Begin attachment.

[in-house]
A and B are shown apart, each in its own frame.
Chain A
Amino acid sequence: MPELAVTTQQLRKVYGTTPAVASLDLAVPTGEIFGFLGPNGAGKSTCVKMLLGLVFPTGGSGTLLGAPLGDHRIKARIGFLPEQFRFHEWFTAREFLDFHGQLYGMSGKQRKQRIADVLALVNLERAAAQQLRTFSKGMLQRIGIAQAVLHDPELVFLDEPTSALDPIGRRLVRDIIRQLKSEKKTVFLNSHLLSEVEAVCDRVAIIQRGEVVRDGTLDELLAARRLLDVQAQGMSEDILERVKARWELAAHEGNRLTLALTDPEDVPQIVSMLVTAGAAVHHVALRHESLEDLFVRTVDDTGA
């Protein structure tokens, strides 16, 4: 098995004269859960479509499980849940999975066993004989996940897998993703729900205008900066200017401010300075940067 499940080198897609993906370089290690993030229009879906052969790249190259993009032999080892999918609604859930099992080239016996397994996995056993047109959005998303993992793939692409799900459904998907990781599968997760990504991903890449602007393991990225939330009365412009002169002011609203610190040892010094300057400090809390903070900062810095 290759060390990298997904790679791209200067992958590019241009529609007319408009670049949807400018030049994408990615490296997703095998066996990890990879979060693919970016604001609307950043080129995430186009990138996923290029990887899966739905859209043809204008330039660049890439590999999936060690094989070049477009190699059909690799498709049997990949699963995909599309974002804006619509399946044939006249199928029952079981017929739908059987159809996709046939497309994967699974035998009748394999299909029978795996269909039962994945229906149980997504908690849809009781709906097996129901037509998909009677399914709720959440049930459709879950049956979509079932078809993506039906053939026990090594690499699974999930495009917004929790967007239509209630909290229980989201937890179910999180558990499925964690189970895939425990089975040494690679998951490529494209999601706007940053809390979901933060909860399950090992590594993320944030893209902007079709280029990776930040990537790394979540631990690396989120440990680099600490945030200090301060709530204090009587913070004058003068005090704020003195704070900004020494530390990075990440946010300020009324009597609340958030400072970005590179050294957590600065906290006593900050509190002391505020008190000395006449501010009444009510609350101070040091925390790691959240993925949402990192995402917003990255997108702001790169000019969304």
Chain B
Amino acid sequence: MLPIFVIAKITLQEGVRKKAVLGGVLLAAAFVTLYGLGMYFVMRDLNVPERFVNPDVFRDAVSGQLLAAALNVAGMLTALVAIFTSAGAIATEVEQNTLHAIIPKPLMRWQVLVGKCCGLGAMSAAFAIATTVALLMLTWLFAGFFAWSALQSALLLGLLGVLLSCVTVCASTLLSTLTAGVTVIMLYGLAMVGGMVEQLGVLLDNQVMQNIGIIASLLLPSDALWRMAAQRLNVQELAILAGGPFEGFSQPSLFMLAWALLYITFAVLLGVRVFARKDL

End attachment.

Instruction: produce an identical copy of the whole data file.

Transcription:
[in-house]
A and B are shown apart, each in its own frame.
Chain A
Amino acid sequence: MPELAVTTQQLRKVYGTTPAVASLDLAVPTGEIFGFLGPNGAGKSTCVKMLLGLVFPTGGSGTLLGAPLGDHRIKARIGFLPEQFRFHEWFTAREFLDFHGQLYGMSGKQRKQRIADVLALVNLERAAAQQLRTFSKGMLQRIGIAQAVLHDPELVFLDEPTSALDPIGRRLVRDIIRQLKSEKKTVFLNSHLLSEVEAVCDRVAIIQRGEVVRDGTLDELLAARRLLDVQAQGMSEDILERVKARWELAAHEGNRLTLALTDPEDVPQIVSMLVTAGAAVHHVALRHESLEDLFVRTVDDTGA
């Protein structure tokens, strides 16, 4: 098995004269859960479509499980849940999975066993004989996940897998993703729900205008900066200017401010300075940067 499940080198897609993906370089290690993030229009879906052969790249190259993009032999080892999918609604859930099992080239016996397994996995056993047109959005998303993992793939692409799900459904998907990781599968997760990504991903890449602007393991990225939330009365412009002169002011609203610190040892010094300057400090809390903070900062810095 290759060390990298997904790679791209200067992958590019241009529609007319408009670049949807400018030049994408990615490296997703095998066996990890990879979060693919970016604001609307950043080129995430186009990138996923290029990887899966739905859209043809204008330039660049890439590999999936060690094989070049477009190699059909690799498709049997990949699963995909599309974002804006619509399946044939006249199928029952079981017929739908059987159809996709046939497309994967699974035998009748394999299909029978795996269909039962994945229906149980997504908690849809009781709906097996129901037509998909009677399914709720959440049930459709879950049956979509079932078809993506039906053939026990090594690499699974999930495009917004929790967007239509209630909290229980989201937890179910999180558990499925964690189970895939425990089975040494690679998951490529494209999601706007940053809390979901933060909860399950090992590594993320944030893209902007079709280029990776930040990537790394979540631990690396989120440990680099600490945030200090301060709530204090009587913070004058003068005090704020003195704070900004020494530390990075990440946010300020009324009597609340958030400072970005590179050294957590600065906290006593900050509190002391505020008190000395006449501010009444009510609350101070040091925390790691959240993925949402990192995402917003990255997108702001790169000019969304």
Chain B
Amino acid sequence: MLPIFVIAKITLQEGVRKKAVLGGVLLAAAFVTLYGLGMYFVMRDLNVPERFVNPDVFRDAVSGQLLAAALNVAGMLTALVAIFTSAGAIATEVEQNTLHAIIPKPLMRWQVLVGKCCGLGAMSAAFAIATTVALLMLTWLFAGFFAWSALQSALLLGLLGVLLSCVTVCASTLLSTLTAGVTVIMLYGLAMVGGMVEQLGVLLDNQVMQNIGIIASLLLPSDALWRMAAQRLNVQELAILAGGPFEGFSQPSLFMLAWALLYITFAVLLGVRVFARKDL